In New York, car services are prohibited by law from denying someone a ride to the hospital when they’re about to give birth. But last November, a New York City Uber driver left a woman in labor, her husband, and their birthing coach on the sidewalk, citing concerns for the cleanliness of his vehicle.
At Fortune, Jeff John Roberts reports that the Uber driver arrived at the couple’s apartment when he was called, but after seeing the woman in labor vomit on the sidewalk, he refused to allow her into his car. He’d lose $1,000—presumably in wages—if she got sick in the car, he said, and told the couple that they were unlikely to find an Uber driver who’d agree to serve them. The couple promised to pay for car cleaning if the woman vomited again, but the driver left them on the sidewalk, charging them $13 for the time he spent talking with them on the side of the road.
The next Uber driver the couple found did take them to the hospital, and Uber eventually refunded the $13, but the company declined to provide the couple with the driver’s full name so they could register a complaint with the taxi commission. (They ended up finding it on their email receipt.) “Denying service to a passenger in labor is unacceptable: it goes against our code of conduct and the standard of service our riders rely on,” Uber spokesperson Matthew Wing told Slate in a statement. “We extend our deepest apologies to both riders and have taken action to respond to this complaint.”
Since its inception, Uber has been hailed as a Band-Aid, if not a panacea, for the discrimination people of color often face when trying to hail a traditional cab. But with limited and uneven screening, education, and accountability for their drivers, Uber and other ride-on-demand services leave room for individual instances of bias and unjust refusal of services. Several recent lawsuits against Lyft and Uber have alleged that drivers snubbed or mistreated disabled patrons and their service animals.
Still, for some pregnant women, the services offer the best option for an affordable, reliable ride to the hospital. There are stories of valiant drivers like Monica Azhar, an L.A. Lyft driver who recognized that her passenger was in labor, drove her to the hospital, and ran her inside in a wheelchair. “I think Lyft has done a great job with their whole mantra of ‘a friend with a car,’ building that sense of community, so I wasn’t nervous,” Azhar told Slate of her response to an imminent birth in her backseat.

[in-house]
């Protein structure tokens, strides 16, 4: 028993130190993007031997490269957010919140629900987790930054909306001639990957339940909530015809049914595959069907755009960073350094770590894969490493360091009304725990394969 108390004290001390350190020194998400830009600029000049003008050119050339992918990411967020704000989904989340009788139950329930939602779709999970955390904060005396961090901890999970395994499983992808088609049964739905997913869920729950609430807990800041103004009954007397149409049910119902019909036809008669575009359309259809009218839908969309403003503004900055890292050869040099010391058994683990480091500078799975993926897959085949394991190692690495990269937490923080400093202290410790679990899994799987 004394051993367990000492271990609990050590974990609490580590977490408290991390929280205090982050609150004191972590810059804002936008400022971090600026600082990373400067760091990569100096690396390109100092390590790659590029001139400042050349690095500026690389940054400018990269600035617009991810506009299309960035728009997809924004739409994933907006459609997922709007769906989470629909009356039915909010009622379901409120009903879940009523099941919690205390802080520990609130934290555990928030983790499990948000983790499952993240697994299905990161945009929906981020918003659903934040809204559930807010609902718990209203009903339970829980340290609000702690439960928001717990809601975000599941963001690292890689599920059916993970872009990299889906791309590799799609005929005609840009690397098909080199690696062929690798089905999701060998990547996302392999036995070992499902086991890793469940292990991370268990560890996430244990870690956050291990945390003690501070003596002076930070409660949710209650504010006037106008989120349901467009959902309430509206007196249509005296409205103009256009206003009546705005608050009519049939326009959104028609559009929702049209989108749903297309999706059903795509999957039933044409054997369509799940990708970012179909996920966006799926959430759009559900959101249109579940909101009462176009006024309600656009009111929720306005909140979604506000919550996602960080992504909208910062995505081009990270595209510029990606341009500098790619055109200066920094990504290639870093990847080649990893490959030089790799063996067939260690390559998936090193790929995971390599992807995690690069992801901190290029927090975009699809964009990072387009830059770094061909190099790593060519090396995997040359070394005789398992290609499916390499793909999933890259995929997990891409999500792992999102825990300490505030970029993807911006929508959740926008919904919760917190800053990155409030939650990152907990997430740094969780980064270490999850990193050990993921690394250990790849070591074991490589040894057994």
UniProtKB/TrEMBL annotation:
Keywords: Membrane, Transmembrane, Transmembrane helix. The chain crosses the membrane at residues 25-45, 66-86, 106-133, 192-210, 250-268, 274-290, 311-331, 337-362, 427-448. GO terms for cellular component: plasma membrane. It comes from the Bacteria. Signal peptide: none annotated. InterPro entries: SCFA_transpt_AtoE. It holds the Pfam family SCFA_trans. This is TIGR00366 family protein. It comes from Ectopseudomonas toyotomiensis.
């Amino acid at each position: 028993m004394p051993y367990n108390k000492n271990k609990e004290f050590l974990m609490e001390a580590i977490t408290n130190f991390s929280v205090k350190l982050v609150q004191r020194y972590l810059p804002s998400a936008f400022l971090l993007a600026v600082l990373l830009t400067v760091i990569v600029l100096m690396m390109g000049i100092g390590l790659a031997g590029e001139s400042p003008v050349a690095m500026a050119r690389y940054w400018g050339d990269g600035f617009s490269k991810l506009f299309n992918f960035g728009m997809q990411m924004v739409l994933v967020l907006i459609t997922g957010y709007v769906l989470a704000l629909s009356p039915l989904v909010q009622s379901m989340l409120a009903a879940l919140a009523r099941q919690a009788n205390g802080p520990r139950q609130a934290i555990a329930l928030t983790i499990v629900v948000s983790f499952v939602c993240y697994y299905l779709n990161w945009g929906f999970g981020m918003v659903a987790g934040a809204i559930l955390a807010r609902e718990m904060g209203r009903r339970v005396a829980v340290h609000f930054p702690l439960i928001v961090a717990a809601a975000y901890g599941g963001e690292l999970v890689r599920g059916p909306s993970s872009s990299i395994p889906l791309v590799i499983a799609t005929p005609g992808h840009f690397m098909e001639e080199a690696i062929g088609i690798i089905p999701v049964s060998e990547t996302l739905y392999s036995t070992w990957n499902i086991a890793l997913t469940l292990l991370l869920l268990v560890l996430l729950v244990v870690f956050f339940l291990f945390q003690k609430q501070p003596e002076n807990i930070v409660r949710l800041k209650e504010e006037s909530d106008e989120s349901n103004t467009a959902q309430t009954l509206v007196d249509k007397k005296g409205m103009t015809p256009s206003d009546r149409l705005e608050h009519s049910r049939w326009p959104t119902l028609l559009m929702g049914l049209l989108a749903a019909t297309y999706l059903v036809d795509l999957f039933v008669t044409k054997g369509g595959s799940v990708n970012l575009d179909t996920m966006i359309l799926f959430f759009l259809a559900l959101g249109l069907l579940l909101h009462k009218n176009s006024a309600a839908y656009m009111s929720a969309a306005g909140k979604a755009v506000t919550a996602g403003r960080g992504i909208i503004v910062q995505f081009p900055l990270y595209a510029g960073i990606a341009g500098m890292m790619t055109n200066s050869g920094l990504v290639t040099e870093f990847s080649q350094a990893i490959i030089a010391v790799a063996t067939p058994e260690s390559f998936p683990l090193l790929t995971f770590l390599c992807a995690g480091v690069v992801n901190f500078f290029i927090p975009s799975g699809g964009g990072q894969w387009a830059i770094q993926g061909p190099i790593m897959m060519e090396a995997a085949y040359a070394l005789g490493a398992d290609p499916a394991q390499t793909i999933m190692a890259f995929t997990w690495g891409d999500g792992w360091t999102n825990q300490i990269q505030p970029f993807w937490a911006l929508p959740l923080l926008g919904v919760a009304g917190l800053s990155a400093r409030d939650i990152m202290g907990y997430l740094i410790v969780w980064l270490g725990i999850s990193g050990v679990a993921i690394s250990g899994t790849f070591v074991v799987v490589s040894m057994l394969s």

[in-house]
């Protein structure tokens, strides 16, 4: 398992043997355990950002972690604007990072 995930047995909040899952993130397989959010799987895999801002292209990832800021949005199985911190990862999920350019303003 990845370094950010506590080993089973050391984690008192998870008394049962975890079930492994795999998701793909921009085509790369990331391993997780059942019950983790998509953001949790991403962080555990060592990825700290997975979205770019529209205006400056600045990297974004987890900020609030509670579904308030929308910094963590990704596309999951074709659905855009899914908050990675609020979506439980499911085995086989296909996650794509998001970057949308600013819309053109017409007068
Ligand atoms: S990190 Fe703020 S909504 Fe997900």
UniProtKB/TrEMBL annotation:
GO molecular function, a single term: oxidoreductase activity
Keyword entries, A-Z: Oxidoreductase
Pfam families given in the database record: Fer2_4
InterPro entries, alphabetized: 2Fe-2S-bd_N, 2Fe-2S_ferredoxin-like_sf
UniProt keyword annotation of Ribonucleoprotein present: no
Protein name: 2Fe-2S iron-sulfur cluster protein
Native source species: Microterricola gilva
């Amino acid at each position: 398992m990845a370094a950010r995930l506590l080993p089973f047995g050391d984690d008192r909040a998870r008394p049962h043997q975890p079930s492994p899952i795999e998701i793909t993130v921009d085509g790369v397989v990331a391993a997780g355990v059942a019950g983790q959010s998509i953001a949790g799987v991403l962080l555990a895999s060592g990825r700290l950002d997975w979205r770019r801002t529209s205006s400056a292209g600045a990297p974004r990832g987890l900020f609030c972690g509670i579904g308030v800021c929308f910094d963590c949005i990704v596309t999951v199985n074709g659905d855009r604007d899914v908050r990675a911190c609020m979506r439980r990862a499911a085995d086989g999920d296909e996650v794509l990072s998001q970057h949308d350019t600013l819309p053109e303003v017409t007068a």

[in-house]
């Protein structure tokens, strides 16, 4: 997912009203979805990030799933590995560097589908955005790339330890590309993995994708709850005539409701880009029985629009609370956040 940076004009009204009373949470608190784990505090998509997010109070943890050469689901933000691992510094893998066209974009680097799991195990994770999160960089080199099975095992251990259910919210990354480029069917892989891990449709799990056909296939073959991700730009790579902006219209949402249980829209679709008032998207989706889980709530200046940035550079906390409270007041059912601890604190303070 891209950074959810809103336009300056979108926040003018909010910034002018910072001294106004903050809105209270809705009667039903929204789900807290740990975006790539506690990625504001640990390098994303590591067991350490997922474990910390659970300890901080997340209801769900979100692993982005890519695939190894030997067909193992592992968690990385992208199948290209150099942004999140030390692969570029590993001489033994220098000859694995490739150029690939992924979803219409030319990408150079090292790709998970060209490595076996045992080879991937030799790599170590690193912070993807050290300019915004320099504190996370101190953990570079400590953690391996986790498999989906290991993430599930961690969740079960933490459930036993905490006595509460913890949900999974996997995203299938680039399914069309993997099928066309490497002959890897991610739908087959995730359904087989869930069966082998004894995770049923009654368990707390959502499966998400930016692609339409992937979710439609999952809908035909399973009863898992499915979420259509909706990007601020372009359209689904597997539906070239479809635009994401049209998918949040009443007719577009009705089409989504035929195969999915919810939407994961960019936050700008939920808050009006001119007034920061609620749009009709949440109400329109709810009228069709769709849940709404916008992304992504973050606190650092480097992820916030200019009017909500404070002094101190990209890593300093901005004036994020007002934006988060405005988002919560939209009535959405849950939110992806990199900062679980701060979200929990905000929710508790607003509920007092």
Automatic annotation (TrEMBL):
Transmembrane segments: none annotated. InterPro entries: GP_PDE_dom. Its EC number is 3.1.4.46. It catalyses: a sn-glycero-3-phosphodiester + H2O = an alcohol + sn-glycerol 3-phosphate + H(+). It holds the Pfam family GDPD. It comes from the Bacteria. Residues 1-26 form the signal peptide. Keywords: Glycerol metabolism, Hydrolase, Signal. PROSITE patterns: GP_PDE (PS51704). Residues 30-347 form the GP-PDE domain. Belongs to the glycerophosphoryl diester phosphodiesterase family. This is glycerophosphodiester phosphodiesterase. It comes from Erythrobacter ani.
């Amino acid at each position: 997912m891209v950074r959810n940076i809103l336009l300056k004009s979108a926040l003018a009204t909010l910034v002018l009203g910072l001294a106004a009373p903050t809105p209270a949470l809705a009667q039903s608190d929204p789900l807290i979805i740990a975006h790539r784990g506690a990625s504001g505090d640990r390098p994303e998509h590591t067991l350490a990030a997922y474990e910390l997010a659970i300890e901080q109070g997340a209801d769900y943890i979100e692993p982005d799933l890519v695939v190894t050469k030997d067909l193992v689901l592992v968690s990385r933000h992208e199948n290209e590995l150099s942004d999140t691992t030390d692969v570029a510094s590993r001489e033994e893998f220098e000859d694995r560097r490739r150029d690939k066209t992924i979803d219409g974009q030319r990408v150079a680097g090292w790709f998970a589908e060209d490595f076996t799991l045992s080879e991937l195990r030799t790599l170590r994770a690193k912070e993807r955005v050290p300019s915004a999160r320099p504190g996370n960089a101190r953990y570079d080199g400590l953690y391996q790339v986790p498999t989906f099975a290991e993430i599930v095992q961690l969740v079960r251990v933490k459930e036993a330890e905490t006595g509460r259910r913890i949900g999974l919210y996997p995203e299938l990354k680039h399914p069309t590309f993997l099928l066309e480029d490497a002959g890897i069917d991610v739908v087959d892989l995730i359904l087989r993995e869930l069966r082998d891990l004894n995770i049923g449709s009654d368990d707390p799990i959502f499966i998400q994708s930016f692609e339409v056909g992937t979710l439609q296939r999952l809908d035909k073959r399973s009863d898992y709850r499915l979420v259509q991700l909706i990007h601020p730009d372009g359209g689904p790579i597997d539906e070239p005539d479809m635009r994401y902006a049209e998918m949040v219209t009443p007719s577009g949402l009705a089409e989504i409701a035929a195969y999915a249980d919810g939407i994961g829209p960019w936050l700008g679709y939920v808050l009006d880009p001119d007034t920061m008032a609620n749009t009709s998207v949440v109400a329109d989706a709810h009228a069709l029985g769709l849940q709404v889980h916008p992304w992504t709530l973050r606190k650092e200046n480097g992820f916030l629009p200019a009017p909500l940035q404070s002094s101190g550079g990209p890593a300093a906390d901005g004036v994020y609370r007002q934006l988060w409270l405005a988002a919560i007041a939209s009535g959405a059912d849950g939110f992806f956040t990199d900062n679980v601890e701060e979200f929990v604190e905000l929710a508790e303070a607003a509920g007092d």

The case of the callous New York City Uber driver exposes one of the primary pitfalls of the 1099 economy, wherein workers are not regularly compensated for the lost wages incurred by work-related complications. A driver’s car, time, and on-the-job expenses are her own responsibility, even when they’re compromised by hazards of the job itself, like the bodily expulsions of drunk bar-hoppers or people in the throes of labor. In the case of rider-wrought vehicle damage like a “pet accident” or vomit, Uber can charge a passenger up to $200, which it passes on to the driver for car repair or detailing. Lyft’s cleaning or repair fee goes up to $250.
But drivers don’t always end up with the full amount. Rideshare Dashboard, a website that offers resources and advice for Lyft and Uber drivers, advises drivers to take pictures of the car’s interior immediately after a passenger gets sick. “Only if there is sufficient vomit will they pay you the full amount,” the site says. “If its just some splatter or some random chunks, they will only pay you half or less.” If Uber is going to nickle-and-dime its contractors over the exact nature of “random chunks,” it almost gives you a tiny bit of sympathy for a driver who leaves a laboring woman by the curb. Almost.